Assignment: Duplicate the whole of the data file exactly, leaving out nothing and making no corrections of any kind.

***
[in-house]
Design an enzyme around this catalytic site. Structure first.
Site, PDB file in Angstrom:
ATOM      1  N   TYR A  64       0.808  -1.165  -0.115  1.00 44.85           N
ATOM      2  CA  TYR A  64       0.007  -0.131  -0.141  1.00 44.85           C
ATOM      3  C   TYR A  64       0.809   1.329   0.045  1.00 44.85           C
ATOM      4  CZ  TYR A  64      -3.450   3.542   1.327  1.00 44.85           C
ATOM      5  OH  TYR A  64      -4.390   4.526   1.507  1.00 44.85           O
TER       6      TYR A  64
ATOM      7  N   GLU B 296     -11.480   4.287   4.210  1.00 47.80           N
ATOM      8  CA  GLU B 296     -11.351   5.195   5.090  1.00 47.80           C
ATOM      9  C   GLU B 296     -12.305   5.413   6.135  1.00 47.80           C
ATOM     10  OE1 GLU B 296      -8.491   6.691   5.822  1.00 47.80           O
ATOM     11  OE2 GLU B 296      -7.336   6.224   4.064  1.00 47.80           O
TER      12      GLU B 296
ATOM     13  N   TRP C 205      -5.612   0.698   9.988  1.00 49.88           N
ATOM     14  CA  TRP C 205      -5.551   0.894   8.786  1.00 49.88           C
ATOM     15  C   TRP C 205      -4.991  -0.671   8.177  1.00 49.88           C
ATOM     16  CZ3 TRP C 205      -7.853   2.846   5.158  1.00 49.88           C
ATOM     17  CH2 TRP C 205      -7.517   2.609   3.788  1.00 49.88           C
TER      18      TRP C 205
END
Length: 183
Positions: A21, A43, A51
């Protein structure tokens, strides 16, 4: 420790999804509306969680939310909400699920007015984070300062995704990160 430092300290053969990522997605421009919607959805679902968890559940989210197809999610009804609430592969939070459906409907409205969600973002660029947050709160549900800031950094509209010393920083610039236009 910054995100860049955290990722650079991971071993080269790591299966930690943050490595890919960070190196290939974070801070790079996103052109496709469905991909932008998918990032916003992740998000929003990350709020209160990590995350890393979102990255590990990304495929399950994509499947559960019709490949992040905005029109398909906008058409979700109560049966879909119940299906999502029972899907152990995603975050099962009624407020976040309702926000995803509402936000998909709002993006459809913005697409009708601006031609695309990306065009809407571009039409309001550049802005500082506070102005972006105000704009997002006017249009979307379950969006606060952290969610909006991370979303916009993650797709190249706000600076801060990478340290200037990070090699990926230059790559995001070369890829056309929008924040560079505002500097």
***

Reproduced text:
[in-house]
Design an enzyme around this catalytic site. Structure first.
Site, PDB file in Angstrom:
ATOM      1  N   TYR A  64       0.808  -1.165  -0.115  1.00 44.85           N
ATOM      2  CA  TYR A  64       0.007  -0.131  -0.141  1.00 44.85           C
ATOM      3  C   TYR A  64       0.809   1.329   0.045  1.00 44.85           C
ATOM      4  CZ  TYR A  64      -3.450   3.542   1.327  1.00 44.85           C
ATOM      5  OH  TYR A  64      -4.390   4.526   1.507  1.00 44.85           O
TER       6      TYR A  64
ATOM      7  N   GLU B 296     -11.480   4.287   4.210  1.00 47.80           N
ATOM      8  CA  GLU B 296     -11.351   5.195   5.090  1.00 47.80           C
ATOM      9  C   GLU B 296     -12.305   5.413   6.135  1.00 47.80           C
ATOM     10  OE1 GLU B 296      -8.491   6.691   5.822  1.00 47.80           O
ATOM     11  OE2 GLU B 296      -7.336   6.224   4.064  1.00 47.80           O
TER      12      GLU B 296
ATOM     13  N   TRP C 205      -5.612   0.698   9.988  1.00 49.88           N
ATOM     14  CA  TRP C 205      -5.551   0.894   8.786  1.00 49.88           C
ATOM     15  C   TRP C 205      -4.991  -0.671   8.177  1.00 49.88           C
ATOM     16  CZ3 TRP C 205      -7.853   2.846   5.158  1.00 49.88           C
ATOM     17  CH2 TRP C 205      -7.517   2.609   3.788  1.00 49.88           C
TER      18      TRP C 205
END
Length: 183
Positions: A21, A43, A51
């Protein structure tokens, strides 16, 4: 420790999804509306969680939310909400699920007015984070300062995704990160 430092300290053969990522997605421009919607959805679902968890559940989210197809999610009804609430592969939070459906409907409205969600973002660029947050709160549900800031950094509209010393920083610039236009 910054995100860049955290990722650079991971071993080269790591299966930690943050490595890919960070190196290939974070801070790079996103052109496709469905991909932008998918990032916003992740998000929003990350709020209160990590995350890393979102990255590990990304495929399950994509499947559960019709490949992040905005029109398909906008058409979700109560049966879909119940299906999502029972899907152990995603975050099962009624407020976040309702926000995803509402936000998909709002993006459809913005697409009708601006031609695309990306065009809407571009039409309001550049802005500082506070102005972006105000704009997002006017249009979307379950969006606060952290969610909006991370979303916009993650797709190249706000600076801060990478340290200037990070090699990926230059790559995001070369890829056309929008924040560079505002500097």